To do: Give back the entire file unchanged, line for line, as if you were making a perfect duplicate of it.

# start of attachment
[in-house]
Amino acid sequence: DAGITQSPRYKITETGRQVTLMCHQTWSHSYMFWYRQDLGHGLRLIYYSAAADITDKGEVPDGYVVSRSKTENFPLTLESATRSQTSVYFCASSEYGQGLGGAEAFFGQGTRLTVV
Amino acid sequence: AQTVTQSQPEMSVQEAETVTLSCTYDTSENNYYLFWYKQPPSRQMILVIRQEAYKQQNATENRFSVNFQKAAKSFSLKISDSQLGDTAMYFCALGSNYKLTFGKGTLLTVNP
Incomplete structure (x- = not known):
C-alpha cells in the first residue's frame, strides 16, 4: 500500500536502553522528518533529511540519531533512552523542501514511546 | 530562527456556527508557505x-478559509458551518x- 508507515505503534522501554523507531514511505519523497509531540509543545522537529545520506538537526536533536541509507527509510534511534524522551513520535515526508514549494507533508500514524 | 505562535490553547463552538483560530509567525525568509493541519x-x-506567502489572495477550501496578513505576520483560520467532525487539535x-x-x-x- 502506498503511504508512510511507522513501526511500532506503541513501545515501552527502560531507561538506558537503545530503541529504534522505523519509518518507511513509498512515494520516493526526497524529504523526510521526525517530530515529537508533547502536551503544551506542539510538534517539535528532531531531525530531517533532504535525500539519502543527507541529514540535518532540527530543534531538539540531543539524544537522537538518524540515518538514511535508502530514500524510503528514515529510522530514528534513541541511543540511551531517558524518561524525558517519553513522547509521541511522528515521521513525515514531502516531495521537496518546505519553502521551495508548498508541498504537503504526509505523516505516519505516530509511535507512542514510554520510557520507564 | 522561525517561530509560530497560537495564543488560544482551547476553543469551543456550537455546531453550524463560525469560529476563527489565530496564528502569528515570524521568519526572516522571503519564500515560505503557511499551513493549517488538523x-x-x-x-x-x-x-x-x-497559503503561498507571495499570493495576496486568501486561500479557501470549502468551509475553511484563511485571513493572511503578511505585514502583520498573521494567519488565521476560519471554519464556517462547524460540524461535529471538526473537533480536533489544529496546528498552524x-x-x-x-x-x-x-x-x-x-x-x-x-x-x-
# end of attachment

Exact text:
[in-house]
Amino acid sequence: DAGITQSPRYKITETGRQVTLMCHQTWSHSYMFWYRQDLGHGLRLIYYSAAADITDKGEVPDGYVVSRSKTENFPLTLESATRSQTSVYFCASSEYGQGLGGAEAFFGQGTRLTVV
Amino acid sequence: AQTVTQSQPEMSVQEAETVTLSCTYDTSENNYYLFWYKQPPSRQMILVIRQEAYKQQNATENRFSVNFQKAAKSFSLKISDSQLGDTAMYFCALGSNYKLTFGKGTLLTVNP
Incomplete structure (x- = not known):
C-alpha cells in the first residue's frame, strides 16, 4: 500500500536502553522528518533529511540519531533512552523542501514511546 | 530562527456556527508557505x-478559509458551518x- 508507515505503534522501554523507531514511505519523497509531540509543545522537529545520506538537526536533536541509507527509510534511534524522551513520535515526508514549494507533508500514524 | 505562535490553547463552538483560530509567525525568509493541519x-x-506567502489572495477550501496578513505576520483560520467532525487539535x-x-x-x- 502506498503511504508512510511507522513501526511500532506503541513501545515501552527502560531507561538506558537503545530503541529504534522505523519509518518507511513509498512515494520516493526526497524529504523526510521526525517530530515529537508533547502536551503544551506542539510538534517539535528532531531531525530531517533532504535525500539519502543527507541529514540535518532540527530543534531538539540531543539524544537522537538518524540515518538514511535508502530514500524510503528514515529510522530514528534513541541511543540511551531517558524518561524525558517519553513522547509521541511522528515521521513525515514531502516531495521537496518546505519553502521551495508548498508541498504537503504526509505523516505516519505516530509511535507512542514510554520510557520507564 | 522561525517561530509560530497560537495564543488560544482551547476553543469551543456550537455546531453550524463560525469560529476563527489565530496564528502569528515570524521568519526572516522571503519564500515560505503557511499551513493549517488538523x-x-x-x-x-x-x-x-x-497559503503561498507571495499570493495576496486568501486561500479557501470549502468551509475553511484563511485571513493572511503578511505585514502583520498573521494567519488565521476560519471554519464556517462547524460540524461535529471538526473537533480536533489544529496546528498552524x-x-x-x-x-x-x-x-x-x-x-x-x-x-x-